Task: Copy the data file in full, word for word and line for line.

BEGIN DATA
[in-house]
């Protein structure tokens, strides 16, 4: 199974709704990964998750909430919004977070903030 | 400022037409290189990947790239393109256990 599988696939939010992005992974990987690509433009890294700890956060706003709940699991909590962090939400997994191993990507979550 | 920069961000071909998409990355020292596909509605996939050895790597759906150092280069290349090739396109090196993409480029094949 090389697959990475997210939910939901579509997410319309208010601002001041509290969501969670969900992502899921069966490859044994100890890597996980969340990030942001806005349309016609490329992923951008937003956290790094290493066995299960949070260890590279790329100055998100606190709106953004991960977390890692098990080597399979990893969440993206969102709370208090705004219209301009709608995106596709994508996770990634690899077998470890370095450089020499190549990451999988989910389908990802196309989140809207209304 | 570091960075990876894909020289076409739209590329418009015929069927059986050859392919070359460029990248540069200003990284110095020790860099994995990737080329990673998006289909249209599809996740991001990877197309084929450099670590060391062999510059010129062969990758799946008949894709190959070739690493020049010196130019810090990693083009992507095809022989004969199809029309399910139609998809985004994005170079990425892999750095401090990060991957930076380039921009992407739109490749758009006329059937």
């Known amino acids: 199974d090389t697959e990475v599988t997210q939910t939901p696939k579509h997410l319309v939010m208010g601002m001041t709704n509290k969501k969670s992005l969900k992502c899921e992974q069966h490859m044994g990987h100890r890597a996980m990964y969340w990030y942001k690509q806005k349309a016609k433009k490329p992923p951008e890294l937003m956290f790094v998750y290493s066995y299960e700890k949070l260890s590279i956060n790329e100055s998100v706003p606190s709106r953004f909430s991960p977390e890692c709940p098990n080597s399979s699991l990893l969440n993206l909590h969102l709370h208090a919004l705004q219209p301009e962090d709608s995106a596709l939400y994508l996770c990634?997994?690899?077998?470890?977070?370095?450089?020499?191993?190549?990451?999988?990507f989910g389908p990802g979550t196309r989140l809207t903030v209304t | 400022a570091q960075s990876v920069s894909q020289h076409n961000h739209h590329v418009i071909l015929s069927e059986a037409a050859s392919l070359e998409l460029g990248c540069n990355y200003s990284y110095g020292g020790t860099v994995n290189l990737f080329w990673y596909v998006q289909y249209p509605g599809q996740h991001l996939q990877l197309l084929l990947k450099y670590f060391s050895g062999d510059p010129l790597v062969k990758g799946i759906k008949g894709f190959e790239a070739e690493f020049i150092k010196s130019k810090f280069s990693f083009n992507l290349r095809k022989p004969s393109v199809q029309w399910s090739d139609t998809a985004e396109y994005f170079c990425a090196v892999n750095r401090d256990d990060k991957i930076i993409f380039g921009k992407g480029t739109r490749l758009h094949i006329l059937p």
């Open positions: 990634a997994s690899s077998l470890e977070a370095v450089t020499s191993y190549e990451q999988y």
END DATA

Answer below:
[in-house]
């Protein structure tokens, strides 16, 4: 199974709704990964998750909430919004977070903030 | 400022037409290189990947790239393109256990 599988696939939010992005992974990987690509433009890294700890956060706003709940699991909590962090939400997994191993990507979550 | 920069961000071909998409990355020292596909509605996939050895790597759906150092280069290349090739396109090196993409480029094949 090389697959990475997210939910939901579509997410319309208010601002001041509290969501969670969900992502899921069966490859044994100890890597996980969340990030942001806005349309016609490329992923951008937003956290790094290493066995299960949070260890590279790329100055998100606190709106953004991960977390890692098990080597399979990893969440993206969102709370208090705004219209301009709608995106596709994508996770990634690899077998470890370095450089020499190549990451999988989910389908990802196309989140809207209304 | 570091960075990876894909020289076409739209590329418009015929069927059986050859392919070359460029990248540069200003990284110095020790860099994995990737080329990673998006289909249209599809996740991001990877197309084929450099670590060391062999510059010129062969990758799946008949894709190959070739690493020049010196130019810090990693083009992507095809022989004969199809029309399910139609998809985004994005170079990425892999750095401090990060991957930076380039921009992407739109490749758009006329059937």
């Known amino acids: 199974d090389t697959e990475v599988t997210q939910t939901p696939k579509h997410l319309v939010m208010g601002m001041t709704n509290k969501k969670s992005l969900k992502c899921e992974q069966h490859m044994g990987h100890r890597a996980m990964y969340w990030y942001k690509q806005k349309a016609k433009k490329p992923p951008e890294l937003m956290f790094v998750y290493s066995y299960e700890k949070l260890s590279i956060n790329e100055s998100v706003p606190s709106r953004f909430s991960p977390e890692c709940p098990n080597s399979s699991l990893l969440n993206l909590h969102l709370h208090a919004l705004q219209p301009e962090d709608s995106a596709l939400y994508l996770c990634?997994?690899?077998?470890?977070?370095?450089?020499?191993?190549?990451?999988?990507f989910g389908p990802g979550t196309r989140l809207t903030v209304t | 400022a570091q960075s990876v920069s894909q020289h076409n961000h739209h590329v418009i071909l015929s069927e059986a037409a050859s392919l070359e998409l460029g990248c540069n990355y200003s990284y110095g020292g020790t860099v994995n290189l990737f080329w990673y596909v998006q289909y249209p509605g599809q996740h991001l996939q990877l197309l084929l990947k450099y670590f060391s050895g062999d510059p010129l790597v062969k990758g799946i759906k008949g894709f190959e790239a070739e690493f020049i150092k010196s130019k810090f280069s990693f083009n992507l290349r095809k022989p004969s393109v199809q029309w399910s090739d139609t998809a985004e396109y994005f170079c990425a090196v892999n750095r401090d256990d990060k991957i930076i993409f380039g921009k992407g480029t739109r490749l758009h094949i006329l059937p």
């Open positions: 990634a997994s690899s077998l470890e977070a370095v450089t020499s191993y190549e990451q999988y």